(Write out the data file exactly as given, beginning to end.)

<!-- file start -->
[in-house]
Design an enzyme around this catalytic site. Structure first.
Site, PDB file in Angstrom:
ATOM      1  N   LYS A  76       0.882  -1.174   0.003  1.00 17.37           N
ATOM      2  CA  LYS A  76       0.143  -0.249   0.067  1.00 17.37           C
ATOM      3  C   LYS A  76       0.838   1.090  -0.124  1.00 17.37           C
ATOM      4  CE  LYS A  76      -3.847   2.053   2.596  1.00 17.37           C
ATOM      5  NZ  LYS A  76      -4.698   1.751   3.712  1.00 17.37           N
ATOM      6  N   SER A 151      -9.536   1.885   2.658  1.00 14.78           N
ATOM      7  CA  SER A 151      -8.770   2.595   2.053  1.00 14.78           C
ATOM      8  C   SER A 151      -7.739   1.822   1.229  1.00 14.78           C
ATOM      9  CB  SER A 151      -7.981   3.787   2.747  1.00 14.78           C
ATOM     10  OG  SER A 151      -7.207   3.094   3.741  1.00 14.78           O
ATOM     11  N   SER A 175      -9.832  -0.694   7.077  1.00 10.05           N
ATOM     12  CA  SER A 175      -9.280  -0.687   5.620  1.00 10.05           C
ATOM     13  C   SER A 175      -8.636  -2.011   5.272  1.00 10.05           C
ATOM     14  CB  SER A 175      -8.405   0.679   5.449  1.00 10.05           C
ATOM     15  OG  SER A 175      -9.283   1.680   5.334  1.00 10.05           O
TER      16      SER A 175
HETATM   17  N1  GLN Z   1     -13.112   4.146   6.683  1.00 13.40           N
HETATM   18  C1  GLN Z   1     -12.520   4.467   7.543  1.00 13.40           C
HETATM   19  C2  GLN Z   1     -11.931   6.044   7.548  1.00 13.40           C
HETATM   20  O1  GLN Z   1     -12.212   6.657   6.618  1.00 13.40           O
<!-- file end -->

[in-house]
Design an enzyme around this catalytic site. Structure first.
Site, PDB file in Angstrom:
ATOM      1  N   LYS A  76       0.882  -1.174   0.003  1.00 17.37           N
ATOM      2  CA  LYS A  76       0.143  -0.249   0.067  1.00 17.37           C
ATOM      3  C   LYS A  76       0.838   1.090  -0.124  1.00 17.37           C
ATOM      4  CE  LYS A  76      -3.847   2.053   2.596  1.00 17.37           C
ATOM      5  NZ  LYS A  76      -4.698   1.751   3.712  1.00 17.37           N
ATOM      6  N   SER A 151      -9.536   1.885   2.658  1.00 14.78           N
ATOM      7  CA  SER A 151      -8.770   2.595   2.053  1.00 14.78           C
ATOM      8  C   SER A 151      -7.739   1.822   1.229  1.00 14.78           C
ATOM      9  CB  SER A 151      -7.981   3.787   2.747  1.00 14.78           C
ATOM     10  OG  SER A 151      -7.207   3.094   3.741  1.00 14.78           O
ATOM     11  N   SER A 175      -9.832  -0.694   7.077  1.00 10.05           N
ATOM     12  CA  SER A 175      -9.280  -0.687   5.620  1.00 10.05           C
ATOM     13  C   SER A 175      -8.636  -2.011   5.272  1.00 10.05           C
ATOM     14  CB  SER A 175      -8.405   0.679   5.449  1.00 10.05           C
ATOM     15  OG  SER A 175      -9.283   1.680   5.334  1.00 10.05           O
TER      16      SER A 175
HETATM   17  N1  GLN Z   1     -13.112   4.146   6.683  1.00 13.40           N
HETATM   18  C1  GLN Z   1     -12.520   4.467   7.543  1.00 13.40           C
HETATM   19  C2  GLN Z   1     -11.931   6.044   7.548  1.00 13.40           C
HETATM   20  O1  GLN Z   1     -12.212   6.657   6.618  1.00 13.40           O